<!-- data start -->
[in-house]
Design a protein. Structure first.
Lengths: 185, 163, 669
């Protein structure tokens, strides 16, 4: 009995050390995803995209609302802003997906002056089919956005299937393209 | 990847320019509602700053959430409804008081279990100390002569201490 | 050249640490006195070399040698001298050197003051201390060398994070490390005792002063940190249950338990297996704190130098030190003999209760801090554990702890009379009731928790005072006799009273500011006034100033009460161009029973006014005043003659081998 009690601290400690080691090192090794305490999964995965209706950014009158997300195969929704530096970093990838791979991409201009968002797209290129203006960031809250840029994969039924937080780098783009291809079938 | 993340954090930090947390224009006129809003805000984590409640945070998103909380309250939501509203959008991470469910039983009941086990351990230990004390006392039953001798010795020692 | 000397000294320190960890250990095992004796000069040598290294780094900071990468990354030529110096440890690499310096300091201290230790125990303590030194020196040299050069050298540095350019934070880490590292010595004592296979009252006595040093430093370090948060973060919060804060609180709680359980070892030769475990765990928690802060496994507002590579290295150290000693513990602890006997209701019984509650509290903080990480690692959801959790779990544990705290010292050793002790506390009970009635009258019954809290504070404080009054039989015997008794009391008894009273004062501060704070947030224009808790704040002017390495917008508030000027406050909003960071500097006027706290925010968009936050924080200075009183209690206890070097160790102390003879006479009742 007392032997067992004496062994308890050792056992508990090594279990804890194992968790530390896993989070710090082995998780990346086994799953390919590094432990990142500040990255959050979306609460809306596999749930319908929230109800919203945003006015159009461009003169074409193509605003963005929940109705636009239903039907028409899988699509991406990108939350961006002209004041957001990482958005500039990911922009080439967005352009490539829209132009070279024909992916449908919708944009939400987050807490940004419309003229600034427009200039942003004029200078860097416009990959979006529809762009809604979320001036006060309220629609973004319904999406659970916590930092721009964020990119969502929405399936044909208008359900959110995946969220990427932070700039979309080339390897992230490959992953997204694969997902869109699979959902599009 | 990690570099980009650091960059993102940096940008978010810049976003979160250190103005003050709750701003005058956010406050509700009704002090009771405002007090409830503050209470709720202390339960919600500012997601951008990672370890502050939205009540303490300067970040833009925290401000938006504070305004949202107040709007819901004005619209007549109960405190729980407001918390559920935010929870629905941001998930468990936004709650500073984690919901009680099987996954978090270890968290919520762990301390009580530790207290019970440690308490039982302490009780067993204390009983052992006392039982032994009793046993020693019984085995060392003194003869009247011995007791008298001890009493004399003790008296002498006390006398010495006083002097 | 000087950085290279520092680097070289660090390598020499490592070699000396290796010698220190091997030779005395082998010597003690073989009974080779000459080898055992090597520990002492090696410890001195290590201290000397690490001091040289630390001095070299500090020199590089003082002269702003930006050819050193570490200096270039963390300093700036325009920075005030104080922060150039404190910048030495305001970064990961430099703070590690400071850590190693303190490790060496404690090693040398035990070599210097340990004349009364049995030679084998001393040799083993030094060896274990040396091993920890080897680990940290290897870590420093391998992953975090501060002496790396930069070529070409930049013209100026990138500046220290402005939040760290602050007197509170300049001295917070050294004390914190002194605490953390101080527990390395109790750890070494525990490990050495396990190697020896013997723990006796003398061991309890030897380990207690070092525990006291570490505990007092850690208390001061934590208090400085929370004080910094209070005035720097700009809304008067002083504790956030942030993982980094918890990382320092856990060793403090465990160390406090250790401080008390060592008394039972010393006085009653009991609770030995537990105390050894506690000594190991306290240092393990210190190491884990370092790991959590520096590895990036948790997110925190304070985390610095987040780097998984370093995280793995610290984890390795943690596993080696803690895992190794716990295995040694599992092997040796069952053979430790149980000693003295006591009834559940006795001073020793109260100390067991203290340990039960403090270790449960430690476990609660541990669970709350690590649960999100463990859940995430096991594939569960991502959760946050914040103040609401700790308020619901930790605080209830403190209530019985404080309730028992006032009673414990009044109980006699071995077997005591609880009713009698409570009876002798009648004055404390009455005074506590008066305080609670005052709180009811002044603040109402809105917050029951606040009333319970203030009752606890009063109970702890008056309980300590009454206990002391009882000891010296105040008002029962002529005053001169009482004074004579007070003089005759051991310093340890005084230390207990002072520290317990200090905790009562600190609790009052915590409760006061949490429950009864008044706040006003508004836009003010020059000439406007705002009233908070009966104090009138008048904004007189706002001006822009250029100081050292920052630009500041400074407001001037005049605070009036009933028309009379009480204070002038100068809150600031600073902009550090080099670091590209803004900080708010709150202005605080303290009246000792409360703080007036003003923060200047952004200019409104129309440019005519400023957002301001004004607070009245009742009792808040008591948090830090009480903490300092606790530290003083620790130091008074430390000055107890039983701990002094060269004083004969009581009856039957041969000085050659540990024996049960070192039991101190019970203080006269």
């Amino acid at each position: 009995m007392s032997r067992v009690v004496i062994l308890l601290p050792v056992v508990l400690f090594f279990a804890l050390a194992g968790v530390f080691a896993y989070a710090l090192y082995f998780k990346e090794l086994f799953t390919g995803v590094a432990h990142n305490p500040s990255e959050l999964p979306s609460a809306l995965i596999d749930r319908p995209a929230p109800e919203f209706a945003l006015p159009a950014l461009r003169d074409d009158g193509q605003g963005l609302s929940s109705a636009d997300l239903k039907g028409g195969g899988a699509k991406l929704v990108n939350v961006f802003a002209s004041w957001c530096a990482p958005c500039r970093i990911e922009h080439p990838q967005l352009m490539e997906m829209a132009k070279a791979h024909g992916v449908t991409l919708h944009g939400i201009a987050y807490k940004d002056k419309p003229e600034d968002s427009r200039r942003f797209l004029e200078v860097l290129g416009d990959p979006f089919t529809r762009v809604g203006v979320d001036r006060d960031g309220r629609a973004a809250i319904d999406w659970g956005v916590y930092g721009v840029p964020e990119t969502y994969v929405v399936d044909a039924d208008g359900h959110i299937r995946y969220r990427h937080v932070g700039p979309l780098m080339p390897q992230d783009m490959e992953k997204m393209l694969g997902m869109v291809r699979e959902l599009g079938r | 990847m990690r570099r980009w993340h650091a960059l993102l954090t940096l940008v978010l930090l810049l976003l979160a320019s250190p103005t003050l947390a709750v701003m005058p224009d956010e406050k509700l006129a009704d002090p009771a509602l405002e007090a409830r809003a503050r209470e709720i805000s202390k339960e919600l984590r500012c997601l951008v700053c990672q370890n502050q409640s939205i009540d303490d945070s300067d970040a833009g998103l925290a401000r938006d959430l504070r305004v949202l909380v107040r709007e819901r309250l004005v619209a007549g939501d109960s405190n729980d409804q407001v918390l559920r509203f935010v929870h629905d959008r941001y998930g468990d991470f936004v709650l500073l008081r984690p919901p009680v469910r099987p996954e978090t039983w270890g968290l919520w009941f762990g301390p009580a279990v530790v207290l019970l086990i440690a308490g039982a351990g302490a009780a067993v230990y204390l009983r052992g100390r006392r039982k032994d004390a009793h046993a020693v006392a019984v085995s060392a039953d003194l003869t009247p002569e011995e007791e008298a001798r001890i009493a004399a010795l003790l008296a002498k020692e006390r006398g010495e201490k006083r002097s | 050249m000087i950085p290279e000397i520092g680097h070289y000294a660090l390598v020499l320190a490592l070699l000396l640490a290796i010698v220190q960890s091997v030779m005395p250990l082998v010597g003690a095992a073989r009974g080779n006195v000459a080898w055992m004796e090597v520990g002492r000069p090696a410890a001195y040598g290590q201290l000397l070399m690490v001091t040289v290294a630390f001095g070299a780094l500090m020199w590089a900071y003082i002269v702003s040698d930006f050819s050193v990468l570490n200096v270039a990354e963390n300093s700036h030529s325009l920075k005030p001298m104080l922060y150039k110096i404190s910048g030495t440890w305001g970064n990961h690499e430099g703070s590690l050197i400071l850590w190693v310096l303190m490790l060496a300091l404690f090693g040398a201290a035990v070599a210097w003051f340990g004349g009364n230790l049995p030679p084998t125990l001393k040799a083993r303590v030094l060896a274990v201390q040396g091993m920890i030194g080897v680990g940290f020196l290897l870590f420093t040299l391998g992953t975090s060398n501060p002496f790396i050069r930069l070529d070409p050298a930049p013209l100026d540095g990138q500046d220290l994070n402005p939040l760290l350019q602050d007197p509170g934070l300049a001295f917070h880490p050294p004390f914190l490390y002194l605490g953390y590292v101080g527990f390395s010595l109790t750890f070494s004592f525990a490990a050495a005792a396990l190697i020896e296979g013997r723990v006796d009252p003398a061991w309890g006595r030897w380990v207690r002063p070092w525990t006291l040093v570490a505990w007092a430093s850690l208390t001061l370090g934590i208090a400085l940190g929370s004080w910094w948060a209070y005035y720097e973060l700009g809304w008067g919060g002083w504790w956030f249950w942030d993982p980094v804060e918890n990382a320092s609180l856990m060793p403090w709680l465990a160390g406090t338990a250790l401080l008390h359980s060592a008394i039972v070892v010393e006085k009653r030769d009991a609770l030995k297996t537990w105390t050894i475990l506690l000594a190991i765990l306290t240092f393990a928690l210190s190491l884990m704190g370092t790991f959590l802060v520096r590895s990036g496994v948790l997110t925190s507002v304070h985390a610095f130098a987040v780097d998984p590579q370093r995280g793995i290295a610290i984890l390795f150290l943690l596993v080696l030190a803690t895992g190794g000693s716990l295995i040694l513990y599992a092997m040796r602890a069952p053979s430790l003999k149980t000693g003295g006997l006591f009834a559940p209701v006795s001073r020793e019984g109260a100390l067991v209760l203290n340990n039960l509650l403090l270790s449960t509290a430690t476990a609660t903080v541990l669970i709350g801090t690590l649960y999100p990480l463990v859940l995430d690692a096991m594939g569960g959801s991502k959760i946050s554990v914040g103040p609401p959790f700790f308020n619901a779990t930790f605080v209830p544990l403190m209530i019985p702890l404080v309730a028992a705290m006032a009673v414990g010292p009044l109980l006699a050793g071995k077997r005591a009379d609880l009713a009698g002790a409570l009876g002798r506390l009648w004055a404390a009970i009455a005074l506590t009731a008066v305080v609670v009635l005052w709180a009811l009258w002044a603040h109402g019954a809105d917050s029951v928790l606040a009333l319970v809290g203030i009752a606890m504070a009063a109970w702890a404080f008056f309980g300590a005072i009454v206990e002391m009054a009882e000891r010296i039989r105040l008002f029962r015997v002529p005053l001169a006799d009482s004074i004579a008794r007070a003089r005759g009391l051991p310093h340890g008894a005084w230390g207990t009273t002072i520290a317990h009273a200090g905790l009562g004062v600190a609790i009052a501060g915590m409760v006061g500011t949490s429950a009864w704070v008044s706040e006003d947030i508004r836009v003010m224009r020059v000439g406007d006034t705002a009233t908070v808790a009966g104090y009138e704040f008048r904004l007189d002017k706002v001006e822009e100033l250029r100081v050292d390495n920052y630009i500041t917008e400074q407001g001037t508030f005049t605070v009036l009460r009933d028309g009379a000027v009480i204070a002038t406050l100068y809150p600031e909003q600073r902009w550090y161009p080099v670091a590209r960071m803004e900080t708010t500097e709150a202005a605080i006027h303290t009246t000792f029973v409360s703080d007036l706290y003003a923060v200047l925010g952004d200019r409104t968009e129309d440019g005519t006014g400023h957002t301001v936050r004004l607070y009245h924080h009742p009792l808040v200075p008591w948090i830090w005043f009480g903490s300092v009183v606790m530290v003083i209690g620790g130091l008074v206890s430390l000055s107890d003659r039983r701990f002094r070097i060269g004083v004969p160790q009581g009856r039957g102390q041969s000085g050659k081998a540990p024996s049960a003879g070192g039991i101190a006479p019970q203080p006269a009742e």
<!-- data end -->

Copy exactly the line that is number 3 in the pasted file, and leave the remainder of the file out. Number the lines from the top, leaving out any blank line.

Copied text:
Lengths: 185, 163, 669